The driver shortage has hit an all-time high. Comfort and convenience features on late-model equipment can help improve drivers' experience on the road, which can boost recruitment and retention efforts.
"It is so competitive in the driver market, some of the carriers are using truck features as a benefit in their recruiting," said Chuck Pagesy, director of safety for Penske Truck Leasing. "You're trying to differentiate yourself from the other carriers and make your drivers more comfortable, so you also get more productivity and greater tenure."
The American Trucking Associations (ATA) estimates that by the end of the year the truck driver shortage will hit a historic high of just over 80,000 drivers.
Original Equipment Manufacturers (OEMs) have worked to increase comfort inside the cab, rolling out better ergonomic designs for dashboard alignment and gauges. They're also building in greater adjustability, such as with electric mirrors, temperature settings, automatic climate control and heated steering wheels. "In some cases, OEMs are trying to make them more car-like," Pagesy said, adding that fleets can also specify a better seat with more back and thigh support. "If drivers are not so fatigued when they get out of the truck, they hopefully have improved alertness and productivity."
Class 8 tractors are increasingly equipped with safety features, such as active cruise control and lane-departure warnings, which can reduce stress on drivers. "It takes the pressure off of them and allows them to be more alert," Pagesy said. "Power steering and disc brakes have also made it more comfortable for the driver."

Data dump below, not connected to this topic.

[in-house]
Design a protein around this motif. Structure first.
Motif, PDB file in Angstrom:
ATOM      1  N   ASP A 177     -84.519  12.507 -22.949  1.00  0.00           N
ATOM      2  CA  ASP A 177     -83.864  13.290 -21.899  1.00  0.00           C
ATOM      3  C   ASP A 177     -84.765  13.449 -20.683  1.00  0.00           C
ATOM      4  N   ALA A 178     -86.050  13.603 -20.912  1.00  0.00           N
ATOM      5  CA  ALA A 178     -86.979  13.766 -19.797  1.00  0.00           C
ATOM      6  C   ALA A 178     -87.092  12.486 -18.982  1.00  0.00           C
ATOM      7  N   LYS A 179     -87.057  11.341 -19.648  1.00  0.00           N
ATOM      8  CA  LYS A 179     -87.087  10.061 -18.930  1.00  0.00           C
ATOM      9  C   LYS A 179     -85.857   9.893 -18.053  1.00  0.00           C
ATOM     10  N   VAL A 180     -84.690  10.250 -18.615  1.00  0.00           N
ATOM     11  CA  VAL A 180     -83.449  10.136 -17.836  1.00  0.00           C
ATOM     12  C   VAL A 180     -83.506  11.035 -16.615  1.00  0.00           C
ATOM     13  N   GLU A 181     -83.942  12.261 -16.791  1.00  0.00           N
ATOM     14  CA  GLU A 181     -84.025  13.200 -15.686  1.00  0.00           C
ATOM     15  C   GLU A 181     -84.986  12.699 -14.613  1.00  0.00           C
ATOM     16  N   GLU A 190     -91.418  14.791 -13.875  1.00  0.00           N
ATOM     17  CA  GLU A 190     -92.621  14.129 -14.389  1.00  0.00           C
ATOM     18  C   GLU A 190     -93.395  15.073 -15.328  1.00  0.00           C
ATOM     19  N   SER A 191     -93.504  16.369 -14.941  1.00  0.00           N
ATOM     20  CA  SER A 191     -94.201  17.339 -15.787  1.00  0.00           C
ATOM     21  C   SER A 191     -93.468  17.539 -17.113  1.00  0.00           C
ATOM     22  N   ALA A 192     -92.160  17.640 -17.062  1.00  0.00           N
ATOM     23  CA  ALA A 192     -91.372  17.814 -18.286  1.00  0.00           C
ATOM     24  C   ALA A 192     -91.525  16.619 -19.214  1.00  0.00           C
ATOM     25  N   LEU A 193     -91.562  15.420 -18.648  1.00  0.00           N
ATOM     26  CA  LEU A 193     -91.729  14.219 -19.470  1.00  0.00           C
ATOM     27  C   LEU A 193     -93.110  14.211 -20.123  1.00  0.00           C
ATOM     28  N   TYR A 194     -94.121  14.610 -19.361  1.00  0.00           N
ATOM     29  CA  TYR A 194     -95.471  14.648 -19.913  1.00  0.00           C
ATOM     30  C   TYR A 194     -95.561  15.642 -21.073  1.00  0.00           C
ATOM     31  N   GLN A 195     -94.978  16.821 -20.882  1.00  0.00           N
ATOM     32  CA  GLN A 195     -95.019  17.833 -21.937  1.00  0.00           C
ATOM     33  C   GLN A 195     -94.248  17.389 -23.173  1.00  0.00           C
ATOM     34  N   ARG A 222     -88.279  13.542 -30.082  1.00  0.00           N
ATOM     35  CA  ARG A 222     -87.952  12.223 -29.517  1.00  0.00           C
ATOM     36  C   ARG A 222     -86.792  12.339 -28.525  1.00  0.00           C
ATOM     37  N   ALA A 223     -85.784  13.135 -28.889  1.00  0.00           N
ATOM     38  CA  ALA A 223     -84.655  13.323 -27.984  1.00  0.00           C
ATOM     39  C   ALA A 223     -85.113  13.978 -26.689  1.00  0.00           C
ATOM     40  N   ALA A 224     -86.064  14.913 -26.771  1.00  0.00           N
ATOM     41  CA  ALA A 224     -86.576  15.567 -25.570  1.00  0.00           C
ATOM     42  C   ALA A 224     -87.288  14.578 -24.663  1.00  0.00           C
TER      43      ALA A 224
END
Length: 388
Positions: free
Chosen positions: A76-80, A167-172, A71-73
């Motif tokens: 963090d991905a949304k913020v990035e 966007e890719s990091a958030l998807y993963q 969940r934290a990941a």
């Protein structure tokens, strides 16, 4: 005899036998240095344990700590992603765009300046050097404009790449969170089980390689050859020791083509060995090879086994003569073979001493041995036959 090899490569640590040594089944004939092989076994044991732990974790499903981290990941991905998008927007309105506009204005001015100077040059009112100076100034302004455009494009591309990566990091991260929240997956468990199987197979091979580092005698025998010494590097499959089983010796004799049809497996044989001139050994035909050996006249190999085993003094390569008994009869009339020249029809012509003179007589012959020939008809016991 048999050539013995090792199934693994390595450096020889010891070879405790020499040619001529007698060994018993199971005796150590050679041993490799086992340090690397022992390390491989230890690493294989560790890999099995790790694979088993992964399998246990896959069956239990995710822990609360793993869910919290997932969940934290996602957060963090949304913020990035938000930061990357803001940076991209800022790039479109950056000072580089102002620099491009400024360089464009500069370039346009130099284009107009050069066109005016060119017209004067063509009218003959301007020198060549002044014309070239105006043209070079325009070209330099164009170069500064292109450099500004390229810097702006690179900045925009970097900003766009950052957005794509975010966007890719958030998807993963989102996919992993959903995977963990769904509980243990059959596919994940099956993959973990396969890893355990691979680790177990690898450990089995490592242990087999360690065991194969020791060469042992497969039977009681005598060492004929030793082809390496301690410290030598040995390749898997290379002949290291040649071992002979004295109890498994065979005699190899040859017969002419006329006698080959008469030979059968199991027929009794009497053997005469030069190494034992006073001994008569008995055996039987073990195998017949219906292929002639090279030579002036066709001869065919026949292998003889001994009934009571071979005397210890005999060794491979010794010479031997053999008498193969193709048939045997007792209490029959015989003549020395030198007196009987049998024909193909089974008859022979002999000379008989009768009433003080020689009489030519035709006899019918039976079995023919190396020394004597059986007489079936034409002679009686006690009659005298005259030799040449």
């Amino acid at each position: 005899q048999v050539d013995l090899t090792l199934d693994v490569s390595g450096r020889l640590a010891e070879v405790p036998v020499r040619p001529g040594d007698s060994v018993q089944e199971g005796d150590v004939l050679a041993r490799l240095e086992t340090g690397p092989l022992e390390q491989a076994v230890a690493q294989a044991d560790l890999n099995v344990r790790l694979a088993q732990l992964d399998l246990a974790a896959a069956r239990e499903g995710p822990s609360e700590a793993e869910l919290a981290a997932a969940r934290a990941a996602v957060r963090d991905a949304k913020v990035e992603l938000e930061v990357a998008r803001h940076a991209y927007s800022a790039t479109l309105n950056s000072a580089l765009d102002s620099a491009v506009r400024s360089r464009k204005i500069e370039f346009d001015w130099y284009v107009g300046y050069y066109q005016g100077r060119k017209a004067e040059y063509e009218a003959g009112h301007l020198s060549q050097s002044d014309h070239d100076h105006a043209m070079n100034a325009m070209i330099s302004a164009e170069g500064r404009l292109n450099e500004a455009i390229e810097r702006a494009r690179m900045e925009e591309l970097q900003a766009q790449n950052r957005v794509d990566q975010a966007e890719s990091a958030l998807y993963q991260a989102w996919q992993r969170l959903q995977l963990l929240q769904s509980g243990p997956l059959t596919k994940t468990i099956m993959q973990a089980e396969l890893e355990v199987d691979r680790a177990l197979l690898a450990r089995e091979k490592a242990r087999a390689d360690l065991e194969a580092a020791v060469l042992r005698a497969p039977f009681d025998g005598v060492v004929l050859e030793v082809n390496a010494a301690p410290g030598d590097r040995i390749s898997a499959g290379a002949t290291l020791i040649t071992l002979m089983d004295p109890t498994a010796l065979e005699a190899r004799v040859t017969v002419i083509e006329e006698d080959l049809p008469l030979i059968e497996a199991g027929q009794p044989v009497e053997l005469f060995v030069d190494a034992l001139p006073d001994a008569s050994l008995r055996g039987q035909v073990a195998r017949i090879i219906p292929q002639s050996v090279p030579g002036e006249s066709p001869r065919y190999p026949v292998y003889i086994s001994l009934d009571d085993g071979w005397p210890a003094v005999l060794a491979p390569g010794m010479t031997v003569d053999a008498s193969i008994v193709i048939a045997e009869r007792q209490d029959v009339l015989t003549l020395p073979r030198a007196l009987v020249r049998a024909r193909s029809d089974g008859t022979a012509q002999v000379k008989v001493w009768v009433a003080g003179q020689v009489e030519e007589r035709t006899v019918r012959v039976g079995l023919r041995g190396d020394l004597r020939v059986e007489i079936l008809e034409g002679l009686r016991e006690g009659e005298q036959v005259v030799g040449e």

Tire pressure monitoring systems indicate any problems with tires, resulting in fewer flats and issues. Pagesy said some trucks are equipped with self-inflating tires, which can provide a significant safety benefit.
Fueling at Penske locations provides added convenience for drivers. "We pump the fuel for them. At a lot of truck stops, they have to pump their fuel," Pagesy said, adding that Penske also conducts a multipoint inspection and checks the tire pressure, washes the windshield and cleans up the rearview mirrors.
If the fueling attendant finds any defects, the shop can fix them. "It is a convenience and safety issue at the same time," Pagesy said.